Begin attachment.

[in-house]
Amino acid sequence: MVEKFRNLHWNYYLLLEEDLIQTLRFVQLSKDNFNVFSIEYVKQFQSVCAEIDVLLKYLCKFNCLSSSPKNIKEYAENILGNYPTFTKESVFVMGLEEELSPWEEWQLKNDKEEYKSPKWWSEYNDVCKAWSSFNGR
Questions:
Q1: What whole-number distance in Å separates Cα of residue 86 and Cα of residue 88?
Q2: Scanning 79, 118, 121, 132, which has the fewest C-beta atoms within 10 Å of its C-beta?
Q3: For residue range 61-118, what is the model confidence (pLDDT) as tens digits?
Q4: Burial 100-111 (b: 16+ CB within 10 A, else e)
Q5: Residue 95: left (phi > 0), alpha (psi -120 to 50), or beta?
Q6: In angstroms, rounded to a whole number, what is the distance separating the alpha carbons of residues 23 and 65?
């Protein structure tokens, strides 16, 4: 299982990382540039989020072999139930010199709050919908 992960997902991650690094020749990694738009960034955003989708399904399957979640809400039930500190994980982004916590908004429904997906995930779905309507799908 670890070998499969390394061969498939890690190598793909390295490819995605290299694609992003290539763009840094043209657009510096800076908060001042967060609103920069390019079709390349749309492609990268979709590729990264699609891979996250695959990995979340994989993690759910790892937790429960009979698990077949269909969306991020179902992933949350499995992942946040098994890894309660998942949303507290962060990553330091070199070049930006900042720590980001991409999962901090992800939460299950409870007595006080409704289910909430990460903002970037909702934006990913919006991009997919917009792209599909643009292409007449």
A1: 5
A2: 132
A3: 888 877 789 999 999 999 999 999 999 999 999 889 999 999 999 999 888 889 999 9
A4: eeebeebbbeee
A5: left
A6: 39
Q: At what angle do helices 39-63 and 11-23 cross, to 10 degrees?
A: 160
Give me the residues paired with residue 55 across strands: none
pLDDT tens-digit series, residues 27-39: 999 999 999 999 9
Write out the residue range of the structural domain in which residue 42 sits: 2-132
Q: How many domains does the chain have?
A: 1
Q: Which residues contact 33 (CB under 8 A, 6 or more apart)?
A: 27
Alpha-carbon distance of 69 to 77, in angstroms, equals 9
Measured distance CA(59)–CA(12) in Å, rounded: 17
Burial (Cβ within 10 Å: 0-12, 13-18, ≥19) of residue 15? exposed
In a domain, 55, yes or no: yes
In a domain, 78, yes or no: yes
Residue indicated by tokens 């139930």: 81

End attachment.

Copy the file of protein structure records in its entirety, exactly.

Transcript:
[in-house]
Amino acid sequence: MVEKFRNLHWNYYLLLEEDLIQTLRFVQLSKDNFNVFSIEYVKQFQSVCAEIDVLLKYLCKFNCLSSSPKNIKEYAENILGNYPTFTKESVFVMGLEEELSPWEEWQLKNDKEEYKSPKWWSEYNDVCKAWSSFNGR
Questions:
Q1: What whole-number distance in Å separates Cα of residue 86 and Cα of residue 88?
Q2: Scanning 79, 118, 121, 132, which has the fewest C-beta atoms within 10 Å of its C-beta?
Q3: For residue range 61-118, what is the model confidence (pLDDT) as tens digits?
Q4: Burial 100-111 (b: 16+ CB within 10 A, else e)
Q5: Residue 95: left (phi > 0), alpha (psi -120 to 50), or beta?
Q6: In angstroms, rounded to a whole number, what is the distance separating the alpha carbons of residues 23 and 65?
């Protein structure tokens, strides 16, 4: 299982990382540039989020072999139930010199709050919908 992960997902991650690094020749990694738009960034955003989708399904399957979640809400039930500190994980982004916590908004429904997906995930779905309507799908 670890070998499969390394061969498939890690190598793909390295490819995605290299694609992003290539763009840094043209657009510096800076908060001042967060609103920069390019079709390349749309492609990268979709590729990264699609891979996250695959990995979340994989993690759910790892937790429960009979698990077949269909969306991020179902992933949350499995992942946040098994890894309660998942949303507290962060990553330091070199070049930006900042720590980001991409999962901090992800939460299950409870007595006080409704289910909430990460903002970037909702934006990913919006991009997919917009792209599909643009292409007449």
A1: 5
A2: 132
A3: 888 877 789 999 999 999 999 999 999 999 999 889 999 999 999 999 888 889 999 9
A4: eeebeebbbeee
A5: left
A6: 39
Q: At what angle do helices 39-63 and 11-23 cross, to 10 degrees?
A: 160
Give me the residues paired with residue 55 across strands: none
pLDDT tens-digit series, residues 27-39: 999 999 999 999 9
Write out the residue range of the structural domain in which residue 42 sits: 2-132
Q: How many domains does the chain have?
A: 1
Q: Which residues contact 33 (CB under 8 A, 6 or more apart)?
A: 27
Alpha-carbon distance of 69 to 77, in angstroms, equals 9
Measured distance CA(59)–CA(12) in Å, rounded: 17
Burial (Cβ within 10 Å: 0-12, 13-18, ≥19) of residue 15? exposed
In a domain, 55, yes or no: yes
In a domain, 78, yes or no: yes
Residue indicated by tokens 């139930």: 81